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Painting Synthetic Leather with Angelus Leather Paint

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I know Fé already wrote a tutorial for painting synthetic leather shoes with acrylic paint, so I guess that makes this one version 2! Anyway, I want to introduce a product that is now a staple in my stash of cosplay making supplies: Angelus leather paint.

Angelus leather paint sizes
1 ounce, 4 ounces and 1 pint bottles

Where to buy: Dharma Trading, Turtle Feathers

Price: $2-$2.69 (1 ounce), $4.49-$5 (4 ounces), $15 (1 pint, Turtle Feathers only)

Angelus paint is better to use than regular artist’s acrylic paint because it’s formulated to be applied on leather, synthetic or otherwise. The biggest benefit from using Angelus paint is that it won’t crack at all! That’s kind of a big deal when you need to paint shoes because the paint won’t be damaged after you walk in them for days at a convention, even where your shoes naturally crease. Compared to artist’s acrylic paint, it also needs less coats to get an even finish.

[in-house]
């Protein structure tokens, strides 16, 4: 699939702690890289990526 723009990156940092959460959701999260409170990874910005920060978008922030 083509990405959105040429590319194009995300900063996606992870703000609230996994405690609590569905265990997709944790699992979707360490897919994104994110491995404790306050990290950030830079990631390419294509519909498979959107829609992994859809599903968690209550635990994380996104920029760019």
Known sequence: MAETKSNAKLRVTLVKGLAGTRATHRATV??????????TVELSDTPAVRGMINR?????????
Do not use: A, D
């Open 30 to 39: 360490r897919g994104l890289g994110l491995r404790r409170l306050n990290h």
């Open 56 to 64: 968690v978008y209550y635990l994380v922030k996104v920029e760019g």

Boots and shoes painted with Angelus leather paint in colour Sapphire
Boots and shoes painted with Angelus leather paint in colour Sapphire

My one complaint about this product is that it’s only available online. Maybe you’ll be lucky and be able to find it locally, but I wouldn’t really count on it. That means you have to pay shipping fees and picking the right colour is kind of a gamble. In my experience, the colour charts available online have always been off to some extent.

It’s really easy to use and get good results. The key is to paint thin layers and wait 4-6 hours between each coat. The paint will feel dry to the touch before that, but applying subsequent coats too quickly doesn’t give the best results. You can use paintbrushes or sponge brushes according to your preference, but sponge brushes use more paint since a lot is absorbed by the sponge.

The paint gets a few shades darker once it’s dry, so mix your colours accordingly!

Angelus paint wet vs. dry
Left: wet paint, right: dry

Many sources mention that it helps the paint stick to the leather or fake leather surface if you remove the glossy finish on it before painting. To do this, just get some cotton pads and nail polish remover with acetone and rub the surface vigorously. Personally, my experience with this is inconclusive. I removed the glossy finish on my Margaret shoes before painting, however Fé didn’t do this step on her Elizabeth boots. After 2 conventions, the paint looks just as good on my shoes as it does on her boots.